Green the Gap, an Indian company which runs three stores in the country, mainly sells accessories and home decor items made out of waste including beer cans, rubber tires, and fruit cartons.
In March, the owners were slapped with a legal notice by Gap asking them to change their name and remove any reference to the company from their labels within 14 days.
A month later, the US retailer told the Indian firm it could keep its name for registration purposes but must remove any mention of Gap in their labelling and on their website, one of the owners said. “We were shocked and angered that a company of that size and stature and supposed respectability is getting threatened by a small business”.
He added that Green the Gap’s name was an environmental reference: “We wanted to ask people is it possible to consume less and can we consume green? We upcycle trash which means we add value to junk by creating a new and useful product,” he said, adding that the idea of competing with Gap was nowhere in their minds.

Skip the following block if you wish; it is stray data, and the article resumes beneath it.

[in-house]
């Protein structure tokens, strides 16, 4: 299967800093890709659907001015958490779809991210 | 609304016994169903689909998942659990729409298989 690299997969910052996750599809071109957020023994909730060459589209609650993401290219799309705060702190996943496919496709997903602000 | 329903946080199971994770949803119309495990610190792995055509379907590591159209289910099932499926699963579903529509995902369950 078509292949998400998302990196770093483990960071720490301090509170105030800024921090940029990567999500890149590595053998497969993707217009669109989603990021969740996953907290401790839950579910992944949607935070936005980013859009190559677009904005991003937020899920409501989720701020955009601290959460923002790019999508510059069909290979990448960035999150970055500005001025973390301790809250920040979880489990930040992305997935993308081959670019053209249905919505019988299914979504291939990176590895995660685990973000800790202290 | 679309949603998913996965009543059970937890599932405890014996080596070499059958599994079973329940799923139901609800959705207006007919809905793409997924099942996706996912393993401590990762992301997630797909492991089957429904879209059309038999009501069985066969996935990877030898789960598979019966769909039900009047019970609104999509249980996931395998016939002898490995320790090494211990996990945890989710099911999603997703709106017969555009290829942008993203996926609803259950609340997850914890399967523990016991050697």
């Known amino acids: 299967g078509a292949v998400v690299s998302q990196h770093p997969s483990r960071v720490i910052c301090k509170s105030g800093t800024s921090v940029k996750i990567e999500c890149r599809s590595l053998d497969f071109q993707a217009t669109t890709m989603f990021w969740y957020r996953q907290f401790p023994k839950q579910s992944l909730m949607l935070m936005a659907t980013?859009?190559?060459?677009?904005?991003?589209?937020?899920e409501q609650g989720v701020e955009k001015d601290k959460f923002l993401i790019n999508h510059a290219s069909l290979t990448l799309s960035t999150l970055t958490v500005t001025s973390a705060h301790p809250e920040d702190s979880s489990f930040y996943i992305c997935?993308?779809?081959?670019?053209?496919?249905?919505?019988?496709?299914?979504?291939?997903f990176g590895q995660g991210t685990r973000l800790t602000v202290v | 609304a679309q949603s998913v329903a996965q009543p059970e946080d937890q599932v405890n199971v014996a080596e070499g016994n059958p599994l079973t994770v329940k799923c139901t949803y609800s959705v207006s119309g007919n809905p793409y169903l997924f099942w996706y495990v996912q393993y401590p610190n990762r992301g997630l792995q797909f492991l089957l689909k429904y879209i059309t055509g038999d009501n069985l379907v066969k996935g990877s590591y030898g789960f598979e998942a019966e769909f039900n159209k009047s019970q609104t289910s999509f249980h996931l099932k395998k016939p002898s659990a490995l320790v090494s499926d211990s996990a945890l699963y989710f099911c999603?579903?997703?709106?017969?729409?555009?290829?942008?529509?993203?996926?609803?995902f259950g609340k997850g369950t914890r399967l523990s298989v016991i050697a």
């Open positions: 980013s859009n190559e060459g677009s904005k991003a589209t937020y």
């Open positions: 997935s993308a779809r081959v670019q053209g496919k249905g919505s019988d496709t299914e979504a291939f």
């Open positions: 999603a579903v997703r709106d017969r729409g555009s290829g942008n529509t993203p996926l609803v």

“For us ‘gap’ is a word in the English language that means void, absence. How can you monopolize a common English word? Next we will hear we can’t use apple and orange in our lexicon. This is plain ridiculous.”
Indeed! Plain words can be monopolized (Apple computer / Orange telecom, anyone?). Be it for specific goods or services for which the name is not descriptive.
Gap may have a strong case here.
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